It’s really cool to see that only a layer of tarp over your winter herd keeps enough heat in during your cold weather. I agree that CG are a great heat source for composting, but they do require water to degrade and be food for the worms. My experience is that I usually have to add water during the process as their heat dries out the area. Nice idea on a slow-release snow layer for moisture.
    Thanks for the video and post, and all the experience shared.

    • Rich Yarger
    • January 2, 2012

    Great new video Bentley! I’m curious to know just how deep the windrow is.

    • Dave
    • January 3, 2012

    Love the video. Especially the use of text titles rather than audio narration; I can watch without bothering anyone else in the room!

  1. STEVE – Sounds like we’ve had similar issues with coffee grounds! It’s like a very tricky yet almost magical material for composting! You are absolutely right about the moisture – that is the KEY!
    Just to be clear here, what’s between the main worm zone and the cold is a fairly thick straw + coffee grounds + food waste layer, plus a double tarp layer. I even added a bunch of snow on top yesterday since we were expecting some REALLY cold weather today (the weather has been really weird as of late – supposed to be fairly mild for the rest of the week).
    —————
    RICH – I don’t know if the bed would be as much as two feet in height from ground level. Based on the volume, I am quite honestly surprised that it’s heating up as much as it is. We shall see how it performs once the really cold weather arrives I guess.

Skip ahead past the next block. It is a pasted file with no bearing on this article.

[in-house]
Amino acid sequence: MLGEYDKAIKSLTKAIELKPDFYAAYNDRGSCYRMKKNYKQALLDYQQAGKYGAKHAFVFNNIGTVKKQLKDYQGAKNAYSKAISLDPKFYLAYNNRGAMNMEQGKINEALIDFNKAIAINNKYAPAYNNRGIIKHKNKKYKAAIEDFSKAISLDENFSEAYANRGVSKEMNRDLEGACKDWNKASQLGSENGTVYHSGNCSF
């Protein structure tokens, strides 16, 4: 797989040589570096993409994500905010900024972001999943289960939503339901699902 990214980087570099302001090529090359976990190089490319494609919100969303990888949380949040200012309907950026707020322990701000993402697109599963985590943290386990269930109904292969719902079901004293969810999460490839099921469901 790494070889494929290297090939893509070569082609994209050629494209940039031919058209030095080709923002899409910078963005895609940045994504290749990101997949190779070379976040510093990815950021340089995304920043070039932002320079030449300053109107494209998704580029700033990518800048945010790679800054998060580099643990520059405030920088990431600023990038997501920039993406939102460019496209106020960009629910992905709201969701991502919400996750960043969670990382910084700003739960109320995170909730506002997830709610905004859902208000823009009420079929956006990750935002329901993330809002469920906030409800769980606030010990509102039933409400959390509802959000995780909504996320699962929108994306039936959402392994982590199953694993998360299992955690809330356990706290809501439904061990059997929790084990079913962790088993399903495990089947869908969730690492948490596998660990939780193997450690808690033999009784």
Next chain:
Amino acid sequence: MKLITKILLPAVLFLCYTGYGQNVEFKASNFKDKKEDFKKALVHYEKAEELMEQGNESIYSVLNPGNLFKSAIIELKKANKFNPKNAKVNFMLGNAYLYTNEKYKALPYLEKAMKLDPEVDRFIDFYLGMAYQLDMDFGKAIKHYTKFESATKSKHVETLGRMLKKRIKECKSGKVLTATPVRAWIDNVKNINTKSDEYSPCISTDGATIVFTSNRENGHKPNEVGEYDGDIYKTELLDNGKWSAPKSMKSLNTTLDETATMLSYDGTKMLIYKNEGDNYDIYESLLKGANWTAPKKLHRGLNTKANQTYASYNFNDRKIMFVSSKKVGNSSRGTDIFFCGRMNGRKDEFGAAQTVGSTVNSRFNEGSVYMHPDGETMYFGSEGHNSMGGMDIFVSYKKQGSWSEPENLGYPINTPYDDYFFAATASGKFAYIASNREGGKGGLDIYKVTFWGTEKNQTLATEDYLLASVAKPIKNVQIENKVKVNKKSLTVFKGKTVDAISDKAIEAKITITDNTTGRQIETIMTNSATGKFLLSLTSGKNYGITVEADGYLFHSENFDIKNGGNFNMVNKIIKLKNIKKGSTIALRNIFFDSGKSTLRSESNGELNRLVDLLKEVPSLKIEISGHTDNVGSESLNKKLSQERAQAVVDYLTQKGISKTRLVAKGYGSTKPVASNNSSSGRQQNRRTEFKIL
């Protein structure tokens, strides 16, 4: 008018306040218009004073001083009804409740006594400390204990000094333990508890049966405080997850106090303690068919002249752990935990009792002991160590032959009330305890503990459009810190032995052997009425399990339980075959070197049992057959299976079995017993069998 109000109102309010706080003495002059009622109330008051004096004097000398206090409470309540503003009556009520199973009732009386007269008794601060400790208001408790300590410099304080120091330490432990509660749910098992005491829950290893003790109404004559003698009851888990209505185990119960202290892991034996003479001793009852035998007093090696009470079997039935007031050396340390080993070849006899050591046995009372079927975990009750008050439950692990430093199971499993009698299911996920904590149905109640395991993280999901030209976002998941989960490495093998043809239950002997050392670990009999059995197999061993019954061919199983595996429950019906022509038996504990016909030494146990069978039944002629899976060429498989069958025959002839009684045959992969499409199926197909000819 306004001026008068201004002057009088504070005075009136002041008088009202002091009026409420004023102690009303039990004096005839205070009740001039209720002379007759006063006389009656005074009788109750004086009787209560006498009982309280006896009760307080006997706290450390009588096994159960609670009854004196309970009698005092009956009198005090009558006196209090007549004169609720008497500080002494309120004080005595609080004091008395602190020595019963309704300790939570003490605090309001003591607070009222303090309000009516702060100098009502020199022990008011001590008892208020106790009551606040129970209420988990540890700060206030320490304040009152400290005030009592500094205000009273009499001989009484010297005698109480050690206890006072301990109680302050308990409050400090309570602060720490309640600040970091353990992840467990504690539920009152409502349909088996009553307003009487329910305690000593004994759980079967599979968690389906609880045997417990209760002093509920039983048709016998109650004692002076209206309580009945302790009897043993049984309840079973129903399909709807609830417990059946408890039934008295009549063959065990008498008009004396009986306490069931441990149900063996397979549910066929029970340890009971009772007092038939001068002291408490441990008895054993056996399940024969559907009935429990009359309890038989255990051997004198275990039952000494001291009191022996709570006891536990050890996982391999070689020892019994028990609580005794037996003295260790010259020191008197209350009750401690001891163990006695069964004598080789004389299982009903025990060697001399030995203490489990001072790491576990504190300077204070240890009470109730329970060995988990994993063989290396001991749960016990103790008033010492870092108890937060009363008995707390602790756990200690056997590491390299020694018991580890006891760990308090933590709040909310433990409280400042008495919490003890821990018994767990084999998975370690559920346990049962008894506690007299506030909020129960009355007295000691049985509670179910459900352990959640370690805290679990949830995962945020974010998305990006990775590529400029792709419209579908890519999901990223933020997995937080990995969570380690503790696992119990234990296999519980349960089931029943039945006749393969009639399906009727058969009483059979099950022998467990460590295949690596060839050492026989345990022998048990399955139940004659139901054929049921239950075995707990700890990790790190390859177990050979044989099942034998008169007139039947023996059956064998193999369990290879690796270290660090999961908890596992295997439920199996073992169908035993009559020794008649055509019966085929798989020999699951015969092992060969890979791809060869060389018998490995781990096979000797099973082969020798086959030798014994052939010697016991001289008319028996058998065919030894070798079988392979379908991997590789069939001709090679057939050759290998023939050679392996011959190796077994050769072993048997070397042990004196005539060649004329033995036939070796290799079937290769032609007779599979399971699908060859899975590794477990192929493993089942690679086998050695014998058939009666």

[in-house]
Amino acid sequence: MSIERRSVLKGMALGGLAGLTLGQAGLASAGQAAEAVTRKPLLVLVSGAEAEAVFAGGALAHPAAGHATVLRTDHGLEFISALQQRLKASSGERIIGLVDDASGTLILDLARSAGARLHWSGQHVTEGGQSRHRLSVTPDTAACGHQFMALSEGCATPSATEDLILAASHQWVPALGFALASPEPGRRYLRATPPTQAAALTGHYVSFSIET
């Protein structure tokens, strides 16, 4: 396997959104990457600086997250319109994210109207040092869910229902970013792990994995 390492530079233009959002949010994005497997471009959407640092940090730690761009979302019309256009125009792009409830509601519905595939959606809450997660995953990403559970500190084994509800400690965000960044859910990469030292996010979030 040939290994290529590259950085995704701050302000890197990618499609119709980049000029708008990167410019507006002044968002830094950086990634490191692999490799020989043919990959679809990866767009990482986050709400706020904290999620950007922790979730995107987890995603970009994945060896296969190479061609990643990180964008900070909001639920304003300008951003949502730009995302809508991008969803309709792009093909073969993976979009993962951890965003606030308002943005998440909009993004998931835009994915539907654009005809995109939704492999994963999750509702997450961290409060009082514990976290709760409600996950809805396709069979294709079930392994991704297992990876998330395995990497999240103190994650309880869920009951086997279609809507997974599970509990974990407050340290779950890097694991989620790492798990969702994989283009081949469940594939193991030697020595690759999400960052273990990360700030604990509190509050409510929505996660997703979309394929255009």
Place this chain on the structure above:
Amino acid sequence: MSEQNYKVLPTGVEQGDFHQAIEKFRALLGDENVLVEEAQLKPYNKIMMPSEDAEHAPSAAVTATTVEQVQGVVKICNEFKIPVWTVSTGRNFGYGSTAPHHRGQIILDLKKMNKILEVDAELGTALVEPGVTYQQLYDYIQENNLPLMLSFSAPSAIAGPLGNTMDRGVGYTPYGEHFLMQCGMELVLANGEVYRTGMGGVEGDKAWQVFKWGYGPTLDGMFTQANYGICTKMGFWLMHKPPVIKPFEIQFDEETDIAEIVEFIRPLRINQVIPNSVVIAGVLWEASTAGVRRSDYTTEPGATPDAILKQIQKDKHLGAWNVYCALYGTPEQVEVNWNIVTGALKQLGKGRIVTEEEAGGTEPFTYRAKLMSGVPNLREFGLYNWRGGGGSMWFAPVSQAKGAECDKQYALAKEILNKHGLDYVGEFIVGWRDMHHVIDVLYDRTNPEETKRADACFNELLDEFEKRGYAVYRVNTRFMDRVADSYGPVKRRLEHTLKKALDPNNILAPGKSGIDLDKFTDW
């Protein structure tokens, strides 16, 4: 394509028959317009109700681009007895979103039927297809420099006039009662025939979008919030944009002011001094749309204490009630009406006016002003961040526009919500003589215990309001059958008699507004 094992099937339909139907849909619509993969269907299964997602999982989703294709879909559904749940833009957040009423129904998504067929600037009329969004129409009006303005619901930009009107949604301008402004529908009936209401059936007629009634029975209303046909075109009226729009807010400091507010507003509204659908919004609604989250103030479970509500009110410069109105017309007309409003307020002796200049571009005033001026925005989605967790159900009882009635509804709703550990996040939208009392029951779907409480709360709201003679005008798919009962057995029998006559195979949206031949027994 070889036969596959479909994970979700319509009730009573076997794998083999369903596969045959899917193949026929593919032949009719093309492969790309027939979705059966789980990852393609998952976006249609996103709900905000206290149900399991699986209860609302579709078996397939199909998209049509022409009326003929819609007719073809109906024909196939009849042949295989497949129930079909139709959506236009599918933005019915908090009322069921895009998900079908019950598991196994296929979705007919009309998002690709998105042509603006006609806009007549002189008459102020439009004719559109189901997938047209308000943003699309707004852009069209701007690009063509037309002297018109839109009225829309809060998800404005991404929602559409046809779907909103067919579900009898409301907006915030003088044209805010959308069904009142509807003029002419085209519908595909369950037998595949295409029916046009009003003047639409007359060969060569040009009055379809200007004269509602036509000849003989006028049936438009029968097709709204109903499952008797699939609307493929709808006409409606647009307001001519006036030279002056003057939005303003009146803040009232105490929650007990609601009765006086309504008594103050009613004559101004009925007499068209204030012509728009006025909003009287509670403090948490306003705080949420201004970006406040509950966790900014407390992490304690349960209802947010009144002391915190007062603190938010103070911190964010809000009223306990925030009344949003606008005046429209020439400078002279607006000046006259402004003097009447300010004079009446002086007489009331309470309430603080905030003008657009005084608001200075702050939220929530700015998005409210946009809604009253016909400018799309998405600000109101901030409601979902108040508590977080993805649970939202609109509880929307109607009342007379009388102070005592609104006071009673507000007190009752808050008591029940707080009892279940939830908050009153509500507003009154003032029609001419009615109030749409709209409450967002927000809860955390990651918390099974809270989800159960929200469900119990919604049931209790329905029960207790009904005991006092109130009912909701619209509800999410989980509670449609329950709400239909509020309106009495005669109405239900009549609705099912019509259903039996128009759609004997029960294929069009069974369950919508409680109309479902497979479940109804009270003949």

—————-
    DAVE – Glad you liked it! It was easier to create (no worries about multiple takes etc), and I agree that it eliminates the issues that can be associated with trying to watch videos when others are around (something I know all about myself – haha).

    • Ready Red Worms
    • January 18, 2012

    Bentley,

    I live in central Arkansas. We don’t get harsh winters that often. We can get times where the temperature stays below freezing for a week or so. So my experiment was to start a rubbermaid bin loaded with damp rabbit manure and a pound of red worms. I buried the bin about three quarter into the ground and then piled a couple of feet of leaves over the top. If you’d like I let you know how the worms and processed bedding(food) looks when spring comes around.

    See last winter I placed a large pile of harvested casting covered with leaves on my garden. When spring came around the castings and leaf mold near the ground was loaded with worms of all sizes. I took the leaf mold and started several rubbermaid bins.

    Now I can’t say that we don’t ever get hard long freezes here. Although it is seldom, one year the castings(bedding) in my refrigerator bin froze solid.